Bangalore, May 7 (ANI): Counting of votes for the Karnataka Assembly elections, which witnessed a 70.23 per cent voter turnout on May 5, began this morning at 8 a.m. amidst tight security.
The results of the vote count will decide who will occupy each of the 223 seats up for grabs in the state assembly.
All district administrations have made necessary arrangements to ensure a smooth counting of votes, as most of the final results of which are expected around noon today. The final tally will be announced this evening.
The ruling BJP, the Congress and the regional Janata Dal-Secular, which is led by former Prime Minister H.D. Deve Gowda, and the KJP led by Yeddyurappa, are the key players in the elections.
A total of 2,940 candidates are in the fray for the polls, with 170 of them being women. The Congress is contesting all the 223 constituencies, while the BJP is contesting 222 seats candidates. The Janata Dal-Secular has fielded 221 candidates, while Independents numbered 1223.
In each of the counting centres, 14 tables have been arranged to count votes cast in each constituency. It will be managed by counting officials, supervisors, assistants and micro observers.
Prohibitory orders under Section 144 have been issued around the counting centres till midnight. The ban on sale of liquor will also continue till midnight.
Prominent among them are Chief Minister Jagadish Shettar, Congress leader Siddaramiah, former Chief Minister B.S Yeddyurappa, KPCC president G. Parameshwara, Deputy Chief Ministers K.S. Eswarappa and R. Ashoka.
For the Congress, it is a day of high anxiety, when a possible triumph for the party in Karnataka could be offset by a possible embarrassment in the Supreme Court which will be hearing the Central Bureau of Investigation's (CBI's) fresh affidavit on the coal block allocation case.
Congress leaders are hoping to get some respite from the apex court and a Karnataka win, which would help the party give a positive political spin to their strategy for the 2014 general elections.
The internal assessment of the Congress is that a comfortable poll win in Karnataka will deflate a resurgent BJP.
There is a view in Congress circles that they will advertise the BJP's defeat as the electorate's punishment for rampant graft under the stewardship of ex-BJP leader Yeddyurappa.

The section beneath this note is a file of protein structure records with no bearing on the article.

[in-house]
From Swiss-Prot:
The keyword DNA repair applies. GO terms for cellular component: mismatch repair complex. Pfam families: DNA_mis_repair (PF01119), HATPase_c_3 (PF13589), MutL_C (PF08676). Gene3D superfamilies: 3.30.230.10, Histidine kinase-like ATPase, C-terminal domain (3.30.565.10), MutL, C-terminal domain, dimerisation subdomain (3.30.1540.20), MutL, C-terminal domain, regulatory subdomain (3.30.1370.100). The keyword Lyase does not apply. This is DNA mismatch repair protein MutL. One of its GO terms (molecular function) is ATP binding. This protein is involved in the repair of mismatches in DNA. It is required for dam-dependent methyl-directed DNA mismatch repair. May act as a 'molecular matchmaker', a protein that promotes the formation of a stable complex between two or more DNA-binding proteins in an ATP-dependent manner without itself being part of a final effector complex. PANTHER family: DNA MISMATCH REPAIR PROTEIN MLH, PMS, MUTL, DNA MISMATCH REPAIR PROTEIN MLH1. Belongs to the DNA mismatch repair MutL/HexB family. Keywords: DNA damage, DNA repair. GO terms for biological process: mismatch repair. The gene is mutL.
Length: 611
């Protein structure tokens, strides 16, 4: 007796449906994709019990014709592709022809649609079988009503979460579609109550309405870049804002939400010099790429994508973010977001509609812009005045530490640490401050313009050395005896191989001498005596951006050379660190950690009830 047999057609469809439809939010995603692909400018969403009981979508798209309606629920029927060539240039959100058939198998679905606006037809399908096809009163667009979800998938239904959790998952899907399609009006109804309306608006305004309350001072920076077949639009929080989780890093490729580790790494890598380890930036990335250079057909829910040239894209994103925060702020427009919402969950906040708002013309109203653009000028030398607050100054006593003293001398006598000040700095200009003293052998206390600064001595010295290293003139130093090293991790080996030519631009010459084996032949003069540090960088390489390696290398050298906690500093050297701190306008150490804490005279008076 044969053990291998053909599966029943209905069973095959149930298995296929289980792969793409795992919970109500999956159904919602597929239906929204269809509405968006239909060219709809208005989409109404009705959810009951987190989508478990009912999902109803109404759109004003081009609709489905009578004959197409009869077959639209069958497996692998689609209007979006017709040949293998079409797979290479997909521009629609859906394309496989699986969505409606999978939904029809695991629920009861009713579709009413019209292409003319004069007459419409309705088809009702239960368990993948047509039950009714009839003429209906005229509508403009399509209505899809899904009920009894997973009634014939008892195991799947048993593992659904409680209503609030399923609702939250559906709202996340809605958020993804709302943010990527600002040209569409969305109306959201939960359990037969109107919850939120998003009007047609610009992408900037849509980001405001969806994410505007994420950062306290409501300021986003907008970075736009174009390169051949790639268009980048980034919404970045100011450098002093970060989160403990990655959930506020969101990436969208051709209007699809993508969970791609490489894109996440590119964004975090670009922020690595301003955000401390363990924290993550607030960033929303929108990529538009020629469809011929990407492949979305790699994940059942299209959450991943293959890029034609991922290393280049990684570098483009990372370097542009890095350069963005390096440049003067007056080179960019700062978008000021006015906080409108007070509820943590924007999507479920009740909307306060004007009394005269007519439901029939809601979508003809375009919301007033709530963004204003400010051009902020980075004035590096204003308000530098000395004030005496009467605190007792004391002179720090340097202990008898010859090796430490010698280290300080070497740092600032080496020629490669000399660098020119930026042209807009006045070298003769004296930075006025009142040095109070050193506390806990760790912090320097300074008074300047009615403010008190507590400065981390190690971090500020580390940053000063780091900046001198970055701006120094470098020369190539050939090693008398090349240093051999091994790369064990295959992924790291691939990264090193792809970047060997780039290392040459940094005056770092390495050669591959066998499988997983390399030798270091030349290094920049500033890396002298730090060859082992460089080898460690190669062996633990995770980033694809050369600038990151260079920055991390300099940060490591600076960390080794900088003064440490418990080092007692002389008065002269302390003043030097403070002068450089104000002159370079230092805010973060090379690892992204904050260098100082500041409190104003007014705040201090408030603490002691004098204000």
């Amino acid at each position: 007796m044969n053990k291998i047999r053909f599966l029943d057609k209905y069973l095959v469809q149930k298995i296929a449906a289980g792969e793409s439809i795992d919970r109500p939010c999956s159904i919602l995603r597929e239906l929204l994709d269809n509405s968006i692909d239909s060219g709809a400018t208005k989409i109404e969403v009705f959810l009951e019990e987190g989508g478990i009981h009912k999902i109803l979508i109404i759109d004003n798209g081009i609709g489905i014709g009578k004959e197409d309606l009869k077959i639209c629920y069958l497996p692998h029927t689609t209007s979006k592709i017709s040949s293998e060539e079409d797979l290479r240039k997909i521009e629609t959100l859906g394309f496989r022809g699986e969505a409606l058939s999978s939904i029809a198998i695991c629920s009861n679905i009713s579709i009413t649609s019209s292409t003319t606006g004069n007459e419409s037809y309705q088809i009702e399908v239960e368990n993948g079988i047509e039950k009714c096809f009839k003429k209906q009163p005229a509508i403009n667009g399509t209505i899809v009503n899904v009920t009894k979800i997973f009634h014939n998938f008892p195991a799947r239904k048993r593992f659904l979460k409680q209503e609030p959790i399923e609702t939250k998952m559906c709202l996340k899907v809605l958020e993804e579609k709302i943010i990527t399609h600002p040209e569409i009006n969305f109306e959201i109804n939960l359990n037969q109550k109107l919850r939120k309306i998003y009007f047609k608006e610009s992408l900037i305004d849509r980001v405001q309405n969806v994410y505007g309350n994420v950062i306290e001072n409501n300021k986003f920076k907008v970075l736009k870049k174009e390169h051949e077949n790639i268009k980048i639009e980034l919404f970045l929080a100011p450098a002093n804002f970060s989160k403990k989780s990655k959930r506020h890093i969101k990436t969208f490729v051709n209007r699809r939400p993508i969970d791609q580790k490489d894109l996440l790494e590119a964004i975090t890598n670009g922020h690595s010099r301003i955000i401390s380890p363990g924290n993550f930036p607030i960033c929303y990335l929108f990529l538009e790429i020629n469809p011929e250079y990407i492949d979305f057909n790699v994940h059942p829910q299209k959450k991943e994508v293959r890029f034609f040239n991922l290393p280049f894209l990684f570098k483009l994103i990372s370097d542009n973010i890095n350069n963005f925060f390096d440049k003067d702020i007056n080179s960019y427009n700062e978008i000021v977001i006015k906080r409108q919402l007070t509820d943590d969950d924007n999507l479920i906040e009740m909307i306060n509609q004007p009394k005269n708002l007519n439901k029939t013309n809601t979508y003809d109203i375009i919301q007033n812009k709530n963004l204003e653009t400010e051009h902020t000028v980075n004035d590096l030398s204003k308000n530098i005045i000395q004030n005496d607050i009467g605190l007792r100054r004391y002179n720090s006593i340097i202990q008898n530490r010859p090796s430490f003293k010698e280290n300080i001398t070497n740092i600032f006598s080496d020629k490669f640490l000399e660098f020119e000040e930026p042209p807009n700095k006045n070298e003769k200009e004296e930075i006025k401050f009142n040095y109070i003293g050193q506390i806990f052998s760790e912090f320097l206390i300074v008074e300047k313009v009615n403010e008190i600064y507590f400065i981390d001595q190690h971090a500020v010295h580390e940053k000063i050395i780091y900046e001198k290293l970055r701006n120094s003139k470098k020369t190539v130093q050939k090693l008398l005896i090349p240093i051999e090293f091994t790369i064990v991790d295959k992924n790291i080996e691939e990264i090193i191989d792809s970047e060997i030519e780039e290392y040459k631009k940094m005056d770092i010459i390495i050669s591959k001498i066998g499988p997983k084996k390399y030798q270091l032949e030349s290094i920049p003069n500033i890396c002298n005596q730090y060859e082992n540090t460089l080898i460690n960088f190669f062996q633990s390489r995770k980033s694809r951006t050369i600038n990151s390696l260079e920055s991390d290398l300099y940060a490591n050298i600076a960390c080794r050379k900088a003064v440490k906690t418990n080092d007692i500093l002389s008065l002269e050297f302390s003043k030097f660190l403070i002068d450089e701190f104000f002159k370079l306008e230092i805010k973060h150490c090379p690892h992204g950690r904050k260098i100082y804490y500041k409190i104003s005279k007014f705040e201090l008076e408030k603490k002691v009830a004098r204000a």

From the BJP's point of view, a loss would force it rejig political strategy and probably move away from its single point agenda of highlighting the graft of the Congress.
However, S. Prakash, spokesman of the Karnataka unit of the BJP, said: "We are confident that we will emerge victorious. We have undertaken the steps. The people of Karnataka would not let us down. Predicting the seats will be not right on my part. It is too early to say."
Janata Dal-Secular general secretary Danish Ali said he believed the people would give a good mandate in the interest of Karnataka.
"I think we would not need to look at others. If some situation arises, then we would like a secular government to be formed. The party will decide in favour of Karnataka," Ali added.
"We hope the people of Karnataka would give full mandate in favour of Mr. H.D. Kumaraswamy to form the government," he said.
Meanwhile, the Cabinet Committee on Political Affairs is meeting in New Delhi this evening to discuss the possible proroguing of Parliament sine die two days ahead of schedule, besides other issues.
The Election Commission has installed the web casting devices, in 1,500 polling stations, so that people across the globe could directly see the polls and the vote count using the internet.
Elections in Periyapatna has been postponed till May 28 following the death of BJP candidate.
In the 2008 elections, BJP secured 110 seats, three short of majority and formed the government with the help of five independents who were made ministers. Congress bagged 80 seats and JD-S 28. The overall voter turnout then was 64.91 per cent. (ANI)